A sentence with listing items: How to remove the ambiguity?

15

1

There is a store which trades oranges and 3 kinds of apples. And there is a person there to whom I'm giving directions. Which sentence will be the best in such a case?

  • Put green apples in the first box. Put red and yellow apples and oranges in the second box.
  • Put green apples in the first box. Put red and yellow apples, and oranges, in the second box.
  • Put green apples in the first box. Put red and yellow apples, and also oranges, in the second box.
  • Put green apples in the first box. Put red and yellow apples, as well as oranges, in the second box.

The 1st sentence looks wrong to me. We don't have red or yellow oranges.

The 2nd sentence looks OK to me, but I'm not sure that commas are enough to remove the ambiguity.

The 3rd and 4th sentences look somewhat wordy.

Edit: It is assumed that I cannot place oranges at the first place.

jsv

Posted 2020-08-18T16:15:15.557

Reputation: 327

14Put oranges and red and yellow apples in the second box. Put oranges first and then there's no need to fret. How to remove ambiguity here? Change the order of the fruit. – Lambie – 2020-08-18T16:24:40.870

1You could mention 'oranges' before the red and yellow apples. Or you could say "Put the other apples and the oranges in the second box." – Weather Vane – 2020-08-18T16:24:58.403

1Put the red and yellow apples and the oranges in the second box. I've given two ways to say it without changing the order. – Weather Vane – 2020-08-18T16:30:21.633

3Is the hearer someone from Mars who knows nothing of fruit? – Michael Harvey – 2020-08-18T17:38:31.643

@WeatherVane Put the other apples in the second box changes the idea. And I see nothing wrong with changing the order of stuff linked by AND.. – Lambie – 2020-08-18T19:28:13.150

5Are the apples red and yellow? Or are there some red apples and some yellow apples? – puppetsock – 2020-08-18T21:19:16.973

@puppetsock Some apples are red, some yellow, and some green. – jsv – 2020-08-18T21:36:26.407

1Then you want Jason Bassford's answer. – puppetsock – 2020-08-18T21:40:12.117

1FWIW I don't find 3&4 overly wordy at all. – Greg Martin – 2020-08-19T07:24:56.257

IRL something like, "Put the green apples in the first box. All the other fruit goes in the second box," would be said. If you must specify what the other fruit is, you could say, "All the other fruit--red, yellow apples and oranges--go in the second box." – Jim Fell – 2020-08-19T14:32:22.923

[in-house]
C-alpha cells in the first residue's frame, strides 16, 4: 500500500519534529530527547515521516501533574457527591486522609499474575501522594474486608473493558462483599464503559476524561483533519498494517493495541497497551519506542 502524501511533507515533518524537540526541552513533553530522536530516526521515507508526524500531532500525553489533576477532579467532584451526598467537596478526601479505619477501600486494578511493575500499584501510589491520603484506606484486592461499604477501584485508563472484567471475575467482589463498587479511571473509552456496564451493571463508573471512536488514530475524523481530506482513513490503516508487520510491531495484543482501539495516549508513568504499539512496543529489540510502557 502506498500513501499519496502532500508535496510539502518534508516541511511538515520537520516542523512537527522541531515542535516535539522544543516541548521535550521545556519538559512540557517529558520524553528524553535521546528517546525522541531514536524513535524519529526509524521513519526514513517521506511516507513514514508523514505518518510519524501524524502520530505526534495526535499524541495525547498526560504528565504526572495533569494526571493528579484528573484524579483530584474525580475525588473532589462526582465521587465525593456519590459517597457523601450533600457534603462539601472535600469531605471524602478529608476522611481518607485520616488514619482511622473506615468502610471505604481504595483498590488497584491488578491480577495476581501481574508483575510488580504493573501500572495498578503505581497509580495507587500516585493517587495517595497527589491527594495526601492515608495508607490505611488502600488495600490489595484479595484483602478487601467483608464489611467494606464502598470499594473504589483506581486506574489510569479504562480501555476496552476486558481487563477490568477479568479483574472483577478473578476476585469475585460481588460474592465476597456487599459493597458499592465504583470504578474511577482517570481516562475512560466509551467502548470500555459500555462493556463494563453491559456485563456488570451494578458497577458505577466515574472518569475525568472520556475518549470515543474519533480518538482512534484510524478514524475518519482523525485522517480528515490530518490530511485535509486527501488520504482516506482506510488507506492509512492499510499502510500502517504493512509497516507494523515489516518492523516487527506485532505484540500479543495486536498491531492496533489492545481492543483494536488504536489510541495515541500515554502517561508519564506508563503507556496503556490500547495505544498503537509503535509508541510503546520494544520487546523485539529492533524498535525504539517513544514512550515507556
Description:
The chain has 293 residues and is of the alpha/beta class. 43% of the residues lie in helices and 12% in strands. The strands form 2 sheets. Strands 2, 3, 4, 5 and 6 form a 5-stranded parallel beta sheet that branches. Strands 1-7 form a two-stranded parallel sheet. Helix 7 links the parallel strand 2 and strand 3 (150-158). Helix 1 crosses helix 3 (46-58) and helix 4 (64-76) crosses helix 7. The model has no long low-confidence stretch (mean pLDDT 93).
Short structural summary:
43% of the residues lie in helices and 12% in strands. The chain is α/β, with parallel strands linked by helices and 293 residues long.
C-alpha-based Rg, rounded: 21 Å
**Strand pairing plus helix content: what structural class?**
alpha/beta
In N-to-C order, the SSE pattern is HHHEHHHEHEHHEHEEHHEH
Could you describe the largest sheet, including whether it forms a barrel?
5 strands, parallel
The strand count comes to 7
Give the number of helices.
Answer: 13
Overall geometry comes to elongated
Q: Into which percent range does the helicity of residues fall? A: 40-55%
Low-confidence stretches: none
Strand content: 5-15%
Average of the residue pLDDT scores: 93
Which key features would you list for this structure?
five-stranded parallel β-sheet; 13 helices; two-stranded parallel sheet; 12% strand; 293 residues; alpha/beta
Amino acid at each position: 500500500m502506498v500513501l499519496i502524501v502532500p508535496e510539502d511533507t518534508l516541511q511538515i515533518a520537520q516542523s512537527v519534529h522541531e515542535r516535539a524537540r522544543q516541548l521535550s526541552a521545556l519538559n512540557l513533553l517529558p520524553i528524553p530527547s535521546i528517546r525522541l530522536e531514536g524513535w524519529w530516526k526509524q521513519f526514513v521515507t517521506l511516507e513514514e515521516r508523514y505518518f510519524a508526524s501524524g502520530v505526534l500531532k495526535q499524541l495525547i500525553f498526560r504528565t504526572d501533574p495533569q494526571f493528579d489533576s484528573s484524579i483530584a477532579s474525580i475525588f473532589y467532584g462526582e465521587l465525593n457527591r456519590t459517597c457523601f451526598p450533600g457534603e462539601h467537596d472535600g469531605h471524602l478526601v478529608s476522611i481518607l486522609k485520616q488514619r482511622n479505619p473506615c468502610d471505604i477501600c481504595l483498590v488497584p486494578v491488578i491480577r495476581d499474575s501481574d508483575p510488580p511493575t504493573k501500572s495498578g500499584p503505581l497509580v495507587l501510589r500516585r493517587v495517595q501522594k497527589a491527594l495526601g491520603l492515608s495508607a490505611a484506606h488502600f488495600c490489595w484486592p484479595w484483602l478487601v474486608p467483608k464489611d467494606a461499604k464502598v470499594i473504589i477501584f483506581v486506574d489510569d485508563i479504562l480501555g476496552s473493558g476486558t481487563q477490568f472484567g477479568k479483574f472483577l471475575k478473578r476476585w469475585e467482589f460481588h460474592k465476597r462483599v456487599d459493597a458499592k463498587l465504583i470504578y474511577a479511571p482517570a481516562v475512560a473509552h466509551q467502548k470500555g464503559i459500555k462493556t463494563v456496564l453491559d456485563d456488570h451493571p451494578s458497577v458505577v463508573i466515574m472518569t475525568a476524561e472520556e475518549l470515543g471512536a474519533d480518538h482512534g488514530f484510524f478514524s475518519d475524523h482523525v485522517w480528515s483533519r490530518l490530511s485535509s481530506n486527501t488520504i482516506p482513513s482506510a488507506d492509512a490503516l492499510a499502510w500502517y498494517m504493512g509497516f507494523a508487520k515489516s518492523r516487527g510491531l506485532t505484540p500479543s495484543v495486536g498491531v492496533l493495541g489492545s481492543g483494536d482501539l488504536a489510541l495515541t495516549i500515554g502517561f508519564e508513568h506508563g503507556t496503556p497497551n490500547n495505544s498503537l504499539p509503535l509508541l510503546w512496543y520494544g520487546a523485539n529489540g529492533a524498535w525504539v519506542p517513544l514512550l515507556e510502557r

1It is assumed that I cannot place oranges at the first place. Why not? – Barmar – 2020-08-19T17:36:38.300

@Barmar In technical writing it is often a good idea to maintain parallelism, isn't it? :-)

– jsv – 2020-08-20T00:05:17.567

3Clarity takes precedence. – Barmar – 2020-08-20T00:09:53.977

4"Put green apples in the first box and everything else in the second box" :) – anotherdave – 2020-08-20T12:25:10.710

Just throwing this in: green can also mean 'not yet ripe'. – mcalex – 2020-08-21T06:18:04.000

Answers

30

One way to reduce the ambiguity is to include articles: 

Put the green apples in the first box.  Put the red and yellow apples and the oranges in the second box.

With the definite articles in place, we can see that red and yellow applies only to apples and not to oranges.  This "red and yellow" is inside the phrase "the red and yellow apples", so it doesn't apply to the phrase "the oranges".

Using the definite article does imply that the apples and oranges in question are specified by something in the surrounding context.  That works in this context, since we're only talking about apples and oranges that are associated with the store.  In some other context, we might have reason to include unknown apples and oranges, or even hypothetical pieces of fruit.  If so, we might use a determiner like "any" or "all" to mark the same noun-phrase boundaries.